The three-octave range of the Pitch Fork is amazing. The digital mechanisms created by Electro-Harmonix ensure that it won’t glitch even while you’re performing quick, complex licks. There’s a buffered bypass to keep your dry signal clean, and the latch or momentary modes let you set the length of the pitch-shift effect in real time.
The Pitch Fork pedal from Electro-Harmonix is a detailed choice that goes beyond the capabilities of a conventional octave pedal. Toggling the onboard parameters can be used to find distinct expressions and tones thanks to the numerous various pitch-shifting possibilities available. When you use an expression pedal with the Pitch Fork, you’ll notice how refined it is.
MXR M288 Bass Octave Deluxe
- Constant headroom technology (Cht) for exceptional headroom and tracking
- True bypass
- Organic analog tone
The MRX M288 Bass Octave Deluxe offers two independent analog sub-octave voices with a Dry control and a Mid boost switch to optimize the sound of our parallel clean signal. MRX’s 18-volt Constant Headroom Technology provides a good amount of headroom and great tracking.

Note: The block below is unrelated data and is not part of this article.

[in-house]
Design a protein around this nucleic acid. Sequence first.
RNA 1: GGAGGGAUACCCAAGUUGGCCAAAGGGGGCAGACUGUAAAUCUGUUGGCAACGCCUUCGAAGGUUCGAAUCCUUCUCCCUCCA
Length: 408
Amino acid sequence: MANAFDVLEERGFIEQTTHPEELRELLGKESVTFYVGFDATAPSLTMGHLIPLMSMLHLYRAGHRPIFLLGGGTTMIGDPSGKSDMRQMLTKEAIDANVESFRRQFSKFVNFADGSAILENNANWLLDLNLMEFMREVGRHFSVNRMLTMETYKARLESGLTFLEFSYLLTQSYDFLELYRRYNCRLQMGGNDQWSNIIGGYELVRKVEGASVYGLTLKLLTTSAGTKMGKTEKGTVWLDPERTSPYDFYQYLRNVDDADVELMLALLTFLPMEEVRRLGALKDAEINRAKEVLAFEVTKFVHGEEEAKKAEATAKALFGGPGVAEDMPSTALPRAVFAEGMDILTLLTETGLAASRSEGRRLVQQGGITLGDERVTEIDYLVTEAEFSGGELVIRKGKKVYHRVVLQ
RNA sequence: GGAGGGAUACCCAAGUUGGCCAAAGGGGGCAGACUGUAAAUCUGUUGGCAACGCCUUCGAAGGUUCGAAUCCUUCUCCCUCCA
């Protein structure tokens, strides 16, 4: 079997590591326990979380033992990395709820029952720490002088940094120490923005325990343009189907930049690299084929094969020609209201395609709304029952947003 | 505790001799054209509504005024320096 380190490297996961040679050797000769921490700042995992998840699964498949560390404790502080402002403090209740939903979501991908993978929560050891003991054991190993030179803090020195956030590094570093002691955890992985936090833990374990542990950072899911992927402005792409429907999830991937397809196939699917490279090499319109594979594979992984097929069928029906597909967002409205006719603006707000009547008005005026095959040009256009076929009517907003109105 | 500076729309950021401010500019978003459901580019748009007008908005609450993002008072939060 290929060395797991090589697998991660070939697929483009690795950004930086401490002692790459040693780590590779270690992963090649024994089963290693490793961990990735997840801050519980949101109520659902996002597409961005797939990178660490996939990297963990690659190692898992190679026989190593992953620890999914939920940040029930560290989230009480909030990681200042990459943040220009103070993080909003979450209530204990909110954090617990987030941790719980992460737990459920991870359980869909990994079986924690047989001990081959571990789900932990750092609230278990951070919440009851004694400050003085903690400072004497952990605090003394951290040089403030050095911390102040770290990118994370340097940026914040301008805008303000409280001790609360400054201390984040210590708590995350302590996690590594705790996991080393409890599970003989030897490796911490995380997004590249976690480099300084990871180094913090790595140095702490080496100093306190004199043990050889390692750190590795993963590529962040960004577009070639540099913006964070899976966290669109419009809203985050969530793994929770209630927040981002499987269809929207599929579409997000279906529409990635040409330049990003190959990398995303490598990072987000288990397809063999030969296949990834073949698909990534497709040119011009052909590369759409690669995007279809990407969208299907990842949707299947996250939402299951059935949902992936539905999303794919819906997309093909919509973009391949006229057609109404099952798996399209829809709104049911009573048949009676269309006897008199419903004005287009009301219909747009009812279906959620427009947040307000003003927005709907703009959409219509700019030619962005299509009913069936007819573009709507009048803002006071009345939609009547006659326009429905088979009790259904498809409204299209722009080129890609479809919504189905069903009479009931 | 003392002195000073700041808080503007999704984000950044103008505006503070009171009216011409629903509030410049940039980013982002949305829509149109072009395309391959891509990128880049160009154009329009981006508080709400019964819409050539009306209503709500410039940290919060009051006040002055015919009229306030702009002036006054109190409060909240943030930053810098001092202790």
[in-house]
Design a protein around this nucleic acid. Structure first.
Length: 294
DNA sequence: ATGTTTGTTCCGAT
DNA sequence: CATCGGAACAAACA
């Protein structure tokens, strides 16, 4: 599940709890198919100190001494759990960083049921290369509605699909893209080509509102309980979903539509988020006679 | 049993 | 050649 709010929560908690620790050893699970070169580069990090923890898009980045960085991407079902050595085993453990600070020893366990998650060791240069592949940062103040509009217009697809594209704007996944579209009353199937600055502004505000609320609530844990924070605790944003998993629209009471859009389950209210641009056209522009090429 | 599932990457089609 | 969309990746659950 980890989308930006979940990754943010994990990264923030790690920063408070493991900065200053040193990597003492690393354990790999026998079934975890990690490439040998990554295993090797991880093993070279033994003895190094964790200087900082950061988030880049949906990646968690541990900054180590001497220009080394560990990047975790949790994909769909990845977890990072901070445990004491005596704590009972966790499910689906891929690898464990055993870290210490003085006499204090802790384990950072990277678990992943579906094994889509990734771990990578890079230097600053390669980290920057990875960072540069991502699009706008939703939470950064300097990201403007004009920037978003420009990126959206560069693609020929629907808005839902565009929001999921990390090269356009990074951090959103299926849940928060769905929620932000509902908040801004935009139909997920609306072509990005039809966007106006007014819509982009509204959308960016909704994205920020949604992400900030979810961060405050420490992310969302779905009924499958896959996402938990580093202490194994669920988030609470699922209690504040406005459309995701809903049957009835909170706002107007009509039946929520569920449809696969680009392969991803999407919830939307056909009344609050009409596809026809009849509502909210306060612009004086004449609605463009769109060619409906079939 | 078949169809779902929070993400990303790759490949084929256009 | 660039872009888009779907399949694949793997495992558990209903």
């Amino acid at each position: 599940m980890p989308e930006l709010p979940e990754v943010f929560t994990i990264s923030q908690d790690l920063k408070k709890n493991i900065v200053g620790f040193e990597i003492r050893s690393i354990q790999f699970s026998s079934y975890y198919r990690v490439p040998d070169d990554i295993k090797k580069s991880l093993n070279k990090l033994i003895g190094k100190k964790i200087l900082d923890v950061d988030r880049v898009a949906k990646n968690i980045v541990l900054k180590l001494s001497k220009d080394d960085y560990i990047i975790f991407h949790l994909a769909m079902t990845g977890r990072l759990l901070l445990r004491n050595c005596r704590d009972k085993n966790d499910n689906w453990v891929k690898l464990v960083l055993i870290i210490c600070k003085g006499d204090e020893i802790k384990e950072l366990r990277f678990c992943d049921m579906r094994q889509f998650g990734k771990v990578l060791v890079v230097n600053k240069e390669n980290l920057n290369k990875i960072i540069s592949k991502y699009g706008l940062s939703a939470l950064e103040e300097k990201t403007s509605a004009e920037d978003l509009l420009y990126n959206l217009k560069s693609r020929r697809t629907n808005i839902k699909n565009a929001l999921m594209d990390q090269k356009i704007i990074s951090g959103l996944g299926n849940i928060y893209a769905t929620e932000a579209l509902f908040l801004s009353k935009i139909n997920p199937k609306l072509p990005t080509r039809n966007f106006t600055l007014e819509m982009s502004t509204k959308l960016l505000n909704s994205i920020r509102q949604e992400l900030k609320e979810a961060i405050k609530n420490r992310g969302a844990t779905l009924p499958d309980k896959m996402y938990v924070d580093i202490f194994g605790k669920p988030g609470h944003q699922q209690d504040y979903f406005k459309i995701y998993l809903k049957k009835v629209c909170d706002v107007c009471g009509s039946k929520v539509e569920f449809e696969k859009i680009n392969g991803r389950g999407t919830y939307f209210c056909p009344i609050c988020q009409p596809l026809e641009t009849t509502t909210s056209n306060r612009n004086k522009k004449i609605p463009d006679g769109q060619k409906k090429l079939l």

To mix in your direct signal, you can use the Dry knob and if you wish, you can also add up to + 14 dB of internally adjustable mid frequencies (400 Hz or 850 Hz) by engaging the Mid+ switch. All of these options come in a very durable enclosure and a well-planned design. This pedal’s layout is simple enough to get a great tone right out of the box. With a little adjustment, the M288 Octave Deluxe is capable of pricing sounds for the most discerning players.
The Growl and Girth controls are where most of the action is in this pedal. The Growl knob is the mid-range, slightly edgy octave-below controls, while the Girth knob is for a smoother octave-below. Since these controls are independent of each other, it opens up a great array of tonal possibilities. The Dry Knob helps you achieve the precise blend of effects to signal ratio.
The MRX M288 Bass Octave Deluxe works with a 9 Volt battery or a Dunlop power adapter. Overall, a fantastic choice offering great tone, flexibility, options, and a great price.
JOYO JF-12 Voodoo Octave Fuzz Guitar Effect Pedal
- The Fuzz on the ultimate octave is a brilliantly thick snarling beast.
- Fuzz tones along with optional Octave switch. Normal or mid cut switch option.
- Add the brilliant Octave Up effect to the Fuzz and you're in 'White Stripes' territory. The Octave Up adds a whole new dimension to your riffs making...